A copy of the guidelines was then given to the resident for future reference. In reality, community managers usually cut corners in the presentation and discussion of the lease and the guidelines. The resident usually makes it eminently clear that he is trying to move, is in a hurry, and doesn'thave time for a lot of paperwork. What a shame for everyone. This is a resident who is headed for misunderstandings and a community manager who is headed for problems.

When discussing guidelines with a new resident, take time to talk about each and every term and provision. Then, request that the resident, and all adult members of the family, either initial or sign each page of the guidelines.

Laid Out in Black & White

When a resident violates one of the guidelines and you have those initialed pages, you have the ability to turn a potentially contentious situation into a routine notification process. It happens because you now are able to simply send a basic form letter that saying "It appears that you may have decided to alter your lifestyle in such a way that it no longer is aligned with the guidelines for this community. At the time you joined us as a resident, we discussed the guidelines that set acceptable parameters of behavior and responsibility for resident and management alike who live in (community name). Please call the office so that we may discuss your decision to change your lifestyle with you." Then, staple a copy of the initialed page with the violated guideline(s) currently being violated.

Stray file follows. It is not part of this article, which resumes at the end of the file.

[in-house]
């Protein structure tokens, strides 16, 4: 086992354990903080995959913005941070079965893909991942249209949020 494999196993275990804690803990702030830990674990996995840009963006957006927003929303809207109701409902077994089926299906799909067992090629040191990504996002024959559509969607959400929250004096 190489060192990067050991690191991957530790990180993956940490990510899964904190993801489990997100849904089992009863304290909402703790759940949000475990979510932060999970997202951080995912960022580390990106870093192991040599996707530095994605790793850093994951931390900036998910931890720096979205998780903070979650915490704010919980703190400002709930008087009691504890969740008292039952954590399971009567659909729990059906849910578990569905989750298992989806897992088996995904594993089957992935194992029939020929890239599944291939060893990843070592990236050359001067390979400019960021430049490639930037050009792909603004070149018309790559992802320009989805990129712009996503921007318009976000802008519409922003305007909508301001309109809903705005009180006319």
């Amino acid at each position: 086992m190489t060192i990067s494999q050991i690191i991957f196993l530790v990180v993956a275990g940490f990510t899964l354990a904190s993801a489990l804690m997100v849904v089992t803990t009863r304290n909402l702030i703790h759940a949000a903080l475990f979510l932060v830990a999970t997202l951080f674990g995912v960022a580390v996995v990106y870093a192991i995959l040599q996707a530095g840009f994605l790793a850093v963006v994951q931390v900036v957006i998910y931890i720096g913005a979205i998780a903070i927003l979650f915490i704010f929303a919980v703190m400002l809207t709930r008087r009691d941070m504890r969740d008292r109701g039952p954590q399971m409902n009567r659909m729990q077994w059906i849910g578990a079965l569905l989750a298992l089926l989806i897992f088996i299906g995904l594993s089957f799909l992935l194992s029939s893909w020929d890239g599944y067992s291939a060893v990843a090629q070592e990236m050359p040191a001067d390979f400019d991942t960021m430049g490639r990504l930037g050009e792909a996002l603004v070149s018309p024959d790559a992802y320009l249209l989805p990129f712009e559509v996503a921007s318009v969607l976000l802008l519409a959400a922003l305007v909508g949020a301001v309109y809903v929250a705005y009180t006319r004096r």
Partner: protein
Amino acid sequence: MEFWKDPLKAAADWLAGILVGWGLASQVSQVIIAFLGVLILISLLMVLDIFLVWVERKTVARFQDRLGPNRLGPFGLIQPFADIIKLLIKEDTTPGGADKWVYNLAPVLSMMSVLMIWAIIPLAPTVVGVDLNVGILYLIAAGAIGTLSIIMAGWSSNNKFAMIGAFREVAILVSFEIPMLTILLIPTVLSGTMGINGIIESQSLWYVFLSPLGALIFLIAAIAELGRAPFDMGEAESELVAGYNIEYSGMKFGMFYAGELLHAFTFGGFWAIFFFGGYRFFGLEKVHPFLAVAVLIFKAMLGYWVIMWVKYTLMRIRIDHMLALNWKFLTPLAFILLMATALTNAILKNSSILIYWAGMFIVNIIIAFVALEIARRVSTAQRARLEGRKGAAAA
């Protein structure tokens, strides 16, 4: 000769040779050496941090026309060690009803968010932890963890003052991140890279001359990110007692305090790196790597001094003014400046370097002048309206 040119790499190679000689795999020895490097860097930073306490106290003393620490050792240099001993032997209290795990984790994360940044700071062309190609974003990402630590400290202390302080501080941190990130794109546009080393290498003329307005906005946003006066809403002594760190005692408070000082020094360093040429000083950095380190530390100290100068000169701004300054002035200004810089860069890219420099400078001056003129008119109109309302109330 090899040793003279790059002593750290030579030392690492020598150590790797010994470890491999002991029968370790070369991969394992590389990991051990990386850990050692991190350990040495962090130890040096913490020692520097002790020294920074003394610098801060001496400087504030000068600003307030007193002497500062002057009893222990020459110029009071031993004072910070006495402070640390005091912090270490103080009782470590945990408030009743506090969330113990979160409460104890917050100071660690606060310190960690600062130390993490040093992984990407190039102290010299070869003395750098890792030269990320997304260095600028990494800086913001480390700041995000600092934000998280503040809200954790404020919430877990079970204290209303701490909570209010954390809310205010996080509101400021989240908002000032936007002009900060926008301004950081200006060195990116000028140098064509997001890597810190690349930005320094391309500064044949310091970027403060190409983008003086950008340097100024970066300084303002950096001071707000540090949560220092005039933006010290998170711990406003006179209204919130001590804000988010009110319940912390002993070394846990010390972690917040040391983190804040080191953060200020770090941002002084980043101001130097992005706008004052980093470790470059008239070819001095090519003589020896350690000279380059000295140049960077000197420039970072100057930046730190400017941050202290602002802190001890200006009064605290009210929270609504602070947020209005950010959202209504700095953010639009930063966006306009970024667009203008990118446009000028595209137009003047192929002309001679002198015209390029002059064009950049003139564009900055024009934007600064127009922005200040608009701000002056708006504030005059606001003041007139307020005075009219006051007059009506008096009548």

What happens is the realization on the part of the resident that he is caught dead to rights. There is no wiggle room here. There is no need for him to try to defend his actions or to tell you that he didn'tknow he was violating a guideline. And, there is no need for him to feel like he is backed into a corner and has to become aggressive or belligerent. Your notice simply acknowledges that he has made a choice, and asks for him to take time to discuss it with you.

Remember, the best resident relations program can be compared to a round room: If you don't back a resident into a corner where he has to defend himself you can truly have a productive conversation, mutual respect, and a meeting of the minds. If you force him to lose face; if you turn this type of situation into a confrontation where the battle lines are drawn; or if you place a large amount of importance on the "winning" of every disagreement, you've lost the resident relations game before you even started.

Resolve those guideline violations that frequently happen by using peer pressure, rewards, public recognition, and, once in a while, fear. By using all

these techniques and more, you can truly enforce your guidelines and build your resident relations program to new heights.

Yours will be the community run by a manager with a reputation for being fair, honest, and consistent. The time and emotional energy you spend on guideline violations will be greatly reduced, and the time you do spend in the future will be much more pleasant.

Where The Problems Lie

Which of your community guide-lines are violated the most often? What problems do you need to eliminate in order to better meet the goals of your community owner or to have a more professionally operated community?

Among these are reducing receivables; out-of-compliance clotheslines; the building of decks that are required as part of the initial installation but are still not done 60 days later; installation of skirting that is supposed to be done by a third party and remains undone; residents who ride bicycles on the community streets without paying attention to motorists; and residents who "forget" the streets have a speed limit and are not part of the Indianapolis Motor Speedway.